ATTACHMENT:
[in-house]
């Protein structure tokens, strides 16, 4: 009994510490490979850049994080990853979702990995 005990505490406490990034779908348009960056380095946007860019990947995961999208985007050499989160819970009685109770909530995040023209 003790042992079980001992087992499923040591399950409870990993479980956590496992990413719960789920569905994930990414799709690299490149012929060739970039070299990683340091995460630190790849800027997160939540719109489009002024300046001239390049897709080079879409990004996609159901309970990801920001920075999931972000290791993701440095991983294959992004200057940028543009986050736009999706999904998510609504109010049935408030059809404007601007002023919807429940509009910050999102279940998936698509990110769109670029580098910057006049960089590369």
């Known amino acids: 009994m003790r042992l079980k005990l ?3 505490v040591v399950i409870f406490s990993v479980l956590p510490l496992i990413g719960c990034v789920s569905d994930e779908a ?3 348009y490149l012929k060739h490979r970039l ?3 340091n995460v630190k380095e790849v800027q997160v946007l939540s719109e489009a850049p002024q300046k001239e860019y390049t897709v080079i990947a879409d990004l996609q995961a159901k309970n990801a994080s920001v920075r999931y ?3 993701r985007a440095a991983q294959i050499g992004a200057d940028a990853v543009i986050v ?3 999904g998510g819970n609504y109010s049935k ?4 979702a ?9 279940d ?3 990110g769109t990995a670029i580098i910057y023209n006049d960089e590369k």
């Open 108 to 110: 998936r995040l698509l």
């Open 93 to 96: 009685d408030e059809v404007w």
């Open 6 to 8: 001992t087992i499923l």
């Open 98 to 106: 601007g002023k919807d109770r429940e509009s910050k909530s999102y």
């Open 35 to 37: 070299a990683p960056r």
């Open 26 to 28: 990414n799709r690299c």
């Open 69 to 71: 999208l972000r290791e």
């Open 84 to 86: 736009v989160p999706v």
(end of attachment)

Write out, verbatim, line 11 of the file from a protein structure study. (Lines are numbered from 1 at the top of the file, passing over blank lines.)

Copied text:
């Open 84 to 86: 736009v989160p999706v």